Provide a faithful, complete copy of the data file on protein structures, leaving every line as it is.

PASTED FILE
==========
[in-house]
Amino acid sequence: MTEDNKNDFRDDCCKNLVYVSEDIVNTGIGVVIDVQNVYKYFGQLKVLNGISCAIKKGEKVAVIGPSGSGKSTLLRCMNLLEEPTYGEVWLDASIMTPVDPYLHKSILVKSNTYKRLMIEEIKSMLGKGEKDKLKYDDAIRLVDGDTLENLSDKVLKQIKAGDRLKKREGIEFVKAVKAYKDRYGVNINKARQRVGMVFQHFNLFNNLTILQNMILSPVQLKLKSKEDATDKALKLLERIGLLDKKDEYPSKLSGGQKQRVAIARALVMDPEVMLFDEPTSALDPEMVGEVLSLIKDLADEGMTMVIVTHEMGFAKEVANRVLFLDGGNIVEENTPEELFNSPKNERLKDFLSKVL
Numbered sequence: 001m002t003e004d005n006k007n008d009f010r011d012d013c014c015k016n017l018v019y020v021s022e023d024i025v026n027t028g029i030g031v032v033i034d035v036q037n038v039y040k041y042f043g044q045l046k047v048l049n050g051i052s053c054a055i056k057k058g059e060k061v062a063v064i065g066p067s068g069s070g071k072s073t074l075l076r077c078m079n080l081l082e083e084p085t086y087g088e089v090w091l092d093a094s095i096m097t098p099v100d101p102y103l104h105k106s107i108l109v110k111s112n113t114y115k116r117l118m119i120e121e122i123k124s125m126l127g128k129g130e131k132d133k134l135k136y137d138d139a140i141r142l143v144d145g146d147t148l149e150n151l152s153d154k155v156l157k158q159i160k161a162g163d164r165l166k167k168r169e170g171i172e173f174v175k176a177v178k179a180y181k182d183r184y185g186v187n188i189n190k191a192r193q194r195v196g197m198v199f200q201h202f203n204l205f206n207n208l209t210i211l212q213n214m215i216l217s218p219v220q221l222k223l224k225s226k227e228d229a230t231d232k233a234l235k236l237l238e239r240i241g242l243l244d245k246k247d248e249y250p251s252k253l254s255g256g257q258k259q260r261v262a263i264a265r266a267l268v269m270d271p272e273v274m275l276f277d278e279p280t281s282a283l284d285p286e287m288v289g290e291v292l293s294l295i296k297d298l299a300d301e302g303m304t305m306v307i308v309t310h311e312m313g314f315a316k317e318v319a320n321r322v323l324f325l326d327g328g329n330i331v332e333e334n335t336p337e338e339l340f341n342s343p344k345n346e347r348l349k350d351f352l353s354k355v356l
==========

[in-house]
Amino acid sequence: MTEDNKNDFRDDCCKNLVYVSEDIVNTGIGVVIDVQNVYKYFGQLKVLNGISCAIKKGEKVAVIGPSGSGKSTLLRCMNLLEEPTYGEVWLDASIMTPVDPYLHKSILVKSNTYKRLMIEEIKSMLGKGEKDKLKYDDAIRLVDGDTLENLSDKVLKQIKAGDRLKKREGIEFVKAVKAYKDRYGVNINKARQRVGMVFQHFNLFNNLTILQNMILSPVQLKLKSKEDATDKALKLLERIGLLDKKDEYPSKLSGGQKQRVAIARALVMDPEVMLFDEPTSALDPEMVGEVLSLIKDLADEGMTMVIVTHEMGFAKEVANRVLFLDGGNIVEENTPEELFNSPKNERLKDFLSKVL
Numbered sequence: 001m002t003e004d005n006k007n008d009f010r011d012d013c014c015k016n017l018v019y020v021s022e023d024i025v026n027t028g029i030g031v032v033i034d035v036q037n038v039y040k041y042f043g044q045l046k047v048l049n050g051i052s053c054a055i056k057k058g059e060k061v062a063v064i065g066p067s068g069s070g071k072s073t074l075l076r077c078m079n080l081l082e083e084p085t086y087g088e089v090w091l092d093a094s095i096m097t098p099v100d101p102y103l104h105k106s107i108l109v110k111s112n113t114y115k116r117l118m119i120e121e122i123k124s125m126l127g128k129g130e131k132d133k134l135k136y137d138d139a140i141r142l143v144d145g146d147t148l149e150n151l152s153d154k155v156l157k158q159i160k161a162g163d164r165l166k167k168r169e170g171i172e173f174v175k176a177v178k179a180y181k182d183r184y185g186v187n188i189n190k191a192r193q194r195v196g197m198v199f200q201h202f203n204l205f206n207n208l209t210i211l212q213n214m215i216l217s218p219v220q221l222k223l224k225s226k227e228d229a230t231d232k233a234l235k236l237l238e239r240i241g242l243l244d245k246k247d248e249y250p251s252k253l254s255g256g257q258k259q260r261v262a263i264a265r266a267l268v269m270d271p272e273v274m275l276f277d278e279p280t281s282a283l284d285p286e287m288v289g290e291v292l293s294l295i296k297d298l299a300d301e302g303m304t305m306v307i308v309t310h311e312m313g314f315a316k317e318v319a320n321r322v323l324f325l326d327g328g329n330i331v332e333e334n335t336p337e338e339l340f341n342s343p344k345n346e347r348l349k350d351f352l353s354k355v356l